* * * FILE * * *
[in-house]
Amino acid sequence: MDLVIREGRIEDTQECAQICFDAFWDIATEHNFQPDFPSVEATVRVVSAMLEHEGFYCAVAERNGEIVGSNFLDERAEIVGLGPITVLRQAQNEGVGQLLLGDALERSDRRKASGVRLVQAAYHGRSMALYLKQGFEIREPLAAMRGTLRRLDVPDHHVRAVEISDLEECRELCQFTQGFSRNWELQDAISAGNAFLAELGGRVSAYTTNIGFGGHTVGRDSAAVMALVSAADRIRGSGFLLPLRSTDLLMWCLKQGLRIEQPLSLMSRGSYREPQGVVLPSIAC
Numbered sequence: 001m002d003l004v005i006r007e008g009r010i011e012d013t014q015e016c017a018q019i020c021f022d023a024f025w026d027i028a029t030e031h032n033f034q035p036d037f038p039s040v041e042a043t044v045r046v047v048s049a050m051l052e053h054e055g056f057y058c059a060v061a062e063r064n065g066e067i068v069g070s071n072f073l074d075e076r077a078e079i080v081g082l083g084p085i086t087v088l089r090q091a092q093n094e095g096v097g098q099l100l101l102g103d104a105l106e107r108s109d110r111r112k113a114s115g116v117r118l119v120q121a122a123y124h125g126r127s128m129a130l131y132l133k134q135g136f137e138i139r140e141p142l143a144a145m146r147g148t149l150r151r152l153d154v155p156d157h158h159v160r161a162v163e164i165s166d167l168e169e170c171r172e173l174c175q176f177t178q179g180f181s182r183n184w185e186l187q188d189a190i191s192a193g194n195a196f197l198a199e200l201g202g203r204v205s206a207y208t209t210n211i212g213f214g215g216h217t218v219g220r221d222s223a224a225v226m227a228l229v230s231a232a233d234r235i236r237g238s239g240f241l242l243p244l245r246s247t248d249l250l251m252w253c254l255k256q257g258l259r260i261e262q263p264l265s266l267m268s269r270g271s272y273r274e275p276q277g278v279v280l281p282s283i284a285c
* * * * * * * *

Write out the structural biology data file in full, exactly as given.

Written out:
[in-house]
Amino acid sequence: MDLVIREGRIEDTQECAQICFDAFWDIATEHNFQPDFPSVEATVRVVSAMLEHEGFYCAVAERNGEIVGSNFLDERAEIVGLGPITVLRQAQNEGVGQLLLGDALERSDRRKASGVRLVQAAYHGRSMALYLKQGFEIREPLAAMRGTLRRLDVPDHHVRAVEISDLEECRELCQFTQGFSRNWELQDAISAGNAFLAELGGRVSAYTTNIGFGGHTVGRDSAAVMALVSAADRIRGSGFLLPLRSTDLLMWCLKQGLRIEQPLSLMSRGSYREPQGVVLPSIAC
Numbered sequence: 001m002d003l004v005i006r007e008g009r010i011e012d013t014q015e016c017a018q019i020c021f022d023a024f025w026d027i028a029t030e031h032n033f034q035p036d037f038p039s040v041e042a043t044v045r046v047v048s049a050m051l052e053h054e055g056f057y058c059a060v061a062e063r064n065g066e067i068v069g070s071n072f073l074d075e076r077a078e079i080v081g082l083g084p085i086t087v088l089r090q091a092q093n094e095g096v097g098q099l100l101l102g103d104a105l106e107r108s109d110r111r112k113a114s115g116v117r118l119v120q121a122a123y124h125g126r127s128m129a130l131y132l133k134q135g136f137e138i139r140e141p142l143a144a145m146r147g148t149l150r151r152l153d154v155p156d157h158h159v160r161a162v163e164i165s166d167l168e169e170c171r172e173l174c175q176f177t178q179g180f181s182r183n184w185e186l187q188d189a190i191s192a193g194n195a196f197l198a199e200l201g202g203r204v205s206a207y208t209t210n211i212g213f214g215g216h217t218v219g220r221d222s223a224a225v226m227a228l229v230s231a232a233d234r235i236r237g238s239g240f241l242l243p244l245r246s247t248d249l250l251m252w253c254l255k256q257g258l259r260i261e262q263p264l265s266l267m268s269r270g271s272y273r274e275p276q277g278v279v280l281p282s283i284a285c